Stalin called those who dared speak ill of the Soviet Union "enemies of the people," and they were hauled off to camps that eerily resembled the Free Speech Zone. Forcing consensus should not be part of the American political agenda.

Democracy is a messy thing. Anyone who has studied the American and French revolutions; remembers Prague Spring, the 1968 Democratic National Convention and Tiananmen Square; or follows the daily carnage in Iraq and Afghanistan can attest to that. Kerry's claim that what was accomplished by activists three decades ago could be accomplished today rings hollow when the voices of dissent are imprisoned in a Gulag-like pen, snipers perch on rooftops, and roads around the city are shut down. For all the talk about preserving freedom, we seem to be doing the opposite.

With America attempting to spread democracy by force in Afghanistan and Iraq, one wonders just what type of model we are exporting. Prepackaged, synthetic demonstrations of unity that avoid tough debate may make good television, but they fail to live up to our robust democratic heritage. The world is watching with a discerning and, in many cases, jaundiced eye.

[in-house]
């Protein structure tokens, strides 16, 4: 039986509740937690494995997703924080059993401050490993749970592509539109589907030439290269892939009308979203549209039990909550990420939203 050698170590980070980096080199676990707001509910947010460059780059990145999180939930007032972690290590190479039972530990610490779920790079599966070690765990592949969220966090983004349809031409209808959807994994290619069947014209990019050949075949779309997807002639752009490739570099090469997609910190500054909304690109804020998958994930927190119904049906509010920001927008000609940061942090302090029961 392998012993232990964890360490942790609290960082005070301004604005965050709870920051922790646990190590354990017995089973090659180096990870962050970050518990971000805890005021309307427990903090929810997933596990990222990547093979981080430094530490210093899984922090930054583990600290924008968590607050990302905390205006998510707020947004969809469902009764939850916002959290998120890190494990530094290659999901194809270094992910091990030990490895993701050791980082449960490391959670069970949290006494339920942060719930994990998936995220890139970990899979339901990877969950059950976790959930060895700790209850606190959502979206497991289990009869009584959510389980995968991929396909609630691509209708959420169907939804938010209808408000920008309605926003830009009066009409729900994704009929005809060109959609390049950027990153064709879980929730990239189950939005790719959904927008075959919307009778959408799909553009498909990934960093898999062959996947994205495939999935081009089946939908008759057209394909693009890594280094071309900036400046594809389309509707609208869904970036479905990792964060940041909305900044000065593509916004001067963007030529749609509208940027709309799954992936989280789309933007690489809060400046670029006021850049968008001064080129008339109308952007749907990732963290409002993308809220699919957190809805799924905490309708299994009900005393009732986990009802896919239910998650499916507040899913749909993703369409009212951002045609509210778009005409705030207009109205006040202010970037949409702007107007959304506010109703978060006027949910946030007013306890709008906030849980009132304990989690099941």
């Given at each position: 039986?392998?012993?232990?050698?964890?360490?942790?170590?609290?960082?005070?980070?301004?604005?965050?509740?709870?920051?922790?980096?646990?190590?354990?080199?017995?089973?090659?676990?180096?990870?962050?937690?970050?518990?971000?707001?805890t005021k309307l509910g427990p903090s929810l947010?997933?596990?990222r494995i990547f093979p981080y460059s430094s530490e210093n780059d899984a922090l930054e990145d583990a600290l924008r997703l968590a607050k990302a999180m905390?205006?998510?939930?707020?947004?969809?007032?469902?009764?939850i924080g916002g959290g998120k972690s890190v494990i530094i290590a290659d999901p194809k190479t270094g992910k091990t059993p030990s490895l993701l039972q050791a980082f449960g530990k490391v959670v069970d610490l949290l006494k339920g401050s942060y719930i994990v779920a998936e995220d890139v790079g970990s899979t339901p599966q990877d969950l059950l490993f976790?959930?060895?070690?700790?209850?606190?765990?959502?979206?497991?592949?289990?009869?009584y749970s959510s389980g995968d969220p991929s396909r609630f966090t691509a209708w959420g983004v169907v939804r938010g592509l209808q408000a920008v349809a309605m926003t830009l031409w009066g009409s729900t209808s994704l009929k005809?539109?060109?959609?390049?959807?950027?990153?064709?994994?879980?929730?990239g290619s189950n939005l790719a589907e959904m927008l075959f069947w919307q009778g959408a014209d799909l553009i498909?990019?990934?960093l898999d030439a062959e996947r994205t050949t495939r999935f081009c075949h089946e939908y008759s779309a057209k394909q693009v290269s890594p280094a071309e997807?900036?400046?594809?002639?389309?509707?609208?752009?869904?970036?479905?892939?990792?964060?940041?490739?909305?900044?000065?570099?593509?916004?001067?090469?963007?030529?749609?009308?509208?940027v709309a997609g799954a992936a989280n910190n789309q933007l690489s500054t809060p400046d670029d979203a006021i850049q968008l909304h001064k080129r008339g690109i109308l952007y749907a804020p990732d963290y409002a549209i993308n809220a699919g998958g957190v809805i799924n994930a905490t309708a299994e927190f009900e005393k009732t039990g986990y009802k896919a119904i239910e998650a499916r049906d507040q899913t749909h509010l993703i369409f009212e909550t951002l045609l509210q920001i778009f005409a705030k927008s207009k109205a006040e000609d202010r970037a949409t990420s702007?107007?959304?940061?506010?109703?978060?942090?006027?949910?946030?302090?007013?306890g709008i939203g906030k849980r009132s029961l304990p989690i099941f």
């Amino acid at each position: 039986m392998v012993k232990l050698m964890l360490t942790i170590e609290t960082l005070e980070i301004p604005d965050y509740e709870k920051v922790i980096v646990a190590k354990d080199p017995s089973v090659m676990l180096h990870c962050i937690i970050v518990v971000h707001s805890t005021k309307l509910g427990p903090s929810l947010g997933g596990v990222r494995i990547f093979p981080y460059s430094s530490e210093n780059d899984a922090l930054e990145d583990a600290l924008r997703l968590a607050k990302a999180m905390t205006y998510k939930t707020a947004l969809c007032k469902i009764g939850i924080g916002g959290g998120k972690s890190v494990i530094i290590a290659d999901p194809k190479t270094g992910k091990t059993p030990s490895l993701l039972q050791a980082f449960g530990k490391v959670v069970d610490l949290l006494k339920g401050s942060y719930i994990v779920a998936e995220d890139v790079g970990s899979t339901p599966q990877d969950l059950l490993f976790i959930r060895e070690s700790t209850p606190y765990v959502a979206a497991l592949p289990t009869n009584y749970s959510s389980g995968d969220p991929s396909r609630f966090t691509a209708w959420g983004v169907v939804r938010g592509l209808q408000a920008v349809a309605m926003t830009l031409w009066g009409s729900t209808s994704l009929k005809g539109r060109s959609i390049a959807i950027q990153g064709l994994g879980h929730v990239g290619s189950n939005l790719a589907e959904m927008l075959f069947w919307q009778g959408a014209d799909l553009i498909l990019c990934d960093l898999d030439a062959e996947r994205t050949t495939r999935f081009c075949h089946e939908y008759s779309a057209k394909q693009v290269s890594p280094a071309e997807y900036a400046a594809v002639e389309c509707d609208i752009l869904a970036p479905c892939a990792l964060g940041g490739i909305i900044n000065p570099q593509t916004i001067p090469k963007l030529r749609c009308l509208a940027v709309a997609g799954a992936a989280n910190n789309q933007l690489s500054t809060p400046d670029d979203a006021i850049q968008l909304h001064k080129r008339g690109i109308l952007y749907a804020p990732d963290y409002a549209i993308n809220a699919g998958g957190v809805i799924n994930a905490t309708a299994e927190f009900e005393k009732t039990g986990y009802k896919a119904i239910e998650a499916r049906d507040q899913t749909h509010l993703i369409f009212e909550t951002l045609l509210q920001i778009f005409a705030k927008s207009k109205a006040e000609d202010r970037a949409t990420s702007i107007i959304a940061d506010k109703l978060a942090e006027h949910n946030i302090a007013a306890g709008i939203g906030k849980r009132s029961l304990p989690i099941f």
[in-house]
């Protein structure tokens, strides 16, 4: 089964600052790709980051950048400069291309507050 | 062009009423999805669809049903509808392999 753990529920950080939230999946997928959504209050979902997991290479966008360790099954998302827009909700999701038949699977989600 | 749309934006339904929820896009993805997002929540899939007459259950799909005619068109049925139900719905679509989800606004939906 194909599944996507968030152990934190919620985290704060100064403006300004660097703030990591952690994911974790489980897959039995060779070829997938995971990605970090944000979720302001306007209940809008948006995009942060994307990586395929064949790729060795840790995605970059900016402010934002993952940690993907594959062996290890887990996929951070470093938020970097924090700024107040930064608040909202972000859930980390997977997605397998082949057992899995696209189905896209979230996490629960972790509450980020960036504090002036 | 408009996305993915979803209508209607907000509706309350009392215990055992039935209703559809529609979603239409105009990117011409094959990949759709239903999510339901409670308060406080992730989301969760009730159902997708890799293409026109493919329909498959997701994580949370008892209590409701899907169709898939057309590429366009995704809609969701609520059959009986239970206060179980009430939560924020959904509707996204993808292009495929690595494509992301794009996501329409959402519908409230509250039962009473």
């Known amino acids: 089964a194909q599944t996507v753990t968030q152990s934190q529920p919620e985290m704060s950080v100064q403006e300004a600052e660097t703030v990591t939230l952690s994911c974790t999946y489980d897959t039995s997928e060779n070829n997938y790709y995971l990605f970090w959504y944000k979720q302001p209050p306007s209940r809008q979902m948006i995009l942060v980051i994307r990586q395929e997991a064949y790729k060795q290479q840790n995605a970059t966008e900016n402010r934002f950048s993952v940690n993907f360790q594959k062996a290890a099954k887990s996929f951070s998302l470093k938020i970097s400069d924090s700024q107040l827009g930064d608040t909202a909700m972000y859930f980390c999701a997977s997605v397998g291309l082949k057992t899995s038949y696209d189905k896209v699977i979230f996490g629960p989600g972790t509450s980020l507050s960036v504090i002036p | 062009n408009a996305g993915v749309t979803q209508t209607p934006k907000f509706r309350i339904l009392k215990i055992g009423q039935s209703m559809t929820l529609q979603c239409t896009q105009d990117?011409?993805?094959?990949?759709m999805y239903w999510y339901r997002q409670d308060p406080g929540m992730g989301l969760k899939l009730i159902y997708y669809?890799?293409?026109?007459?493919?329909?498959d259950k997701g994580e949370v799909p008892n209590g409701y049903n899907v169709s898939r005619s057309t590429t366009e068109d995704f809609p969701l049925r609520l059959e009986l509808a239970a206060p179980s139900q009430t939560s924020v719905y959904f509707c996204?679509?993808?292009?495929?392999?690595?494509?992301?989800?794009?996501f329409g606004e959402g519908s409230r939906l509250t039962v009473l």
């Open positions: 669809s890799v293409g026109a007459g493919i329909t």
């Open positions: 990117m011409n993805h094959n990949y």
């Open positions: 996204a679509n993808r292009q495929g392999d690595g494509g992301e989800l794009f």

We are facing one of the most important elections in our history. That is why it is so astonishing that politicians and the media are not asking the essential questions and that the people are not demanding answers.

The suspension of due process and a slew of other infractions we have seen recently would surely have inspired Jefferson to again exclaim that whenever the government deprives us of our unalienable rights it is the "right of the people to alter or to abolish it, and to institute new Government." Unfortunately, today there is no Jefferson, Lincoln or JFK. Instead, we have dueling media creations employing Huxley's mantra that "62,000 repetitions equal one truth" as they try to appeal to a bewildered and frightened electorate. Yet there remain those who ask the essential question: What will be the future course of our young democracy?

Hollow slogans and half-truths will not suffice as answers and for the time being it appears our democracy will get much worse before it gets any better. But lest we despair, we may take solace in the fact that Americans are historically slow to act on the issues that so drastically affect them. After all, the Declaration wasn't written and signed until nearly 15 months after the first shots were fired at Lexington; the Constitution wasn't drafted until four years after the Treaty of Paris ended the American Revolution in 1783; and more recently, American involvement in Vietnam raged for years before mass protests helped end that conflict.

We can only hope that we come to our senses soon and honestly address the issues - war, poverty, rising health care costs and education - that affect every American. In doing so, we may just inspire Americans to take part in the democratic process, confront fear, and inject a bit of life into America's beleaguered soul.

  • Inspired by observations on a summer job repainting the crosswalks on Causeway Street near the FleetCenter.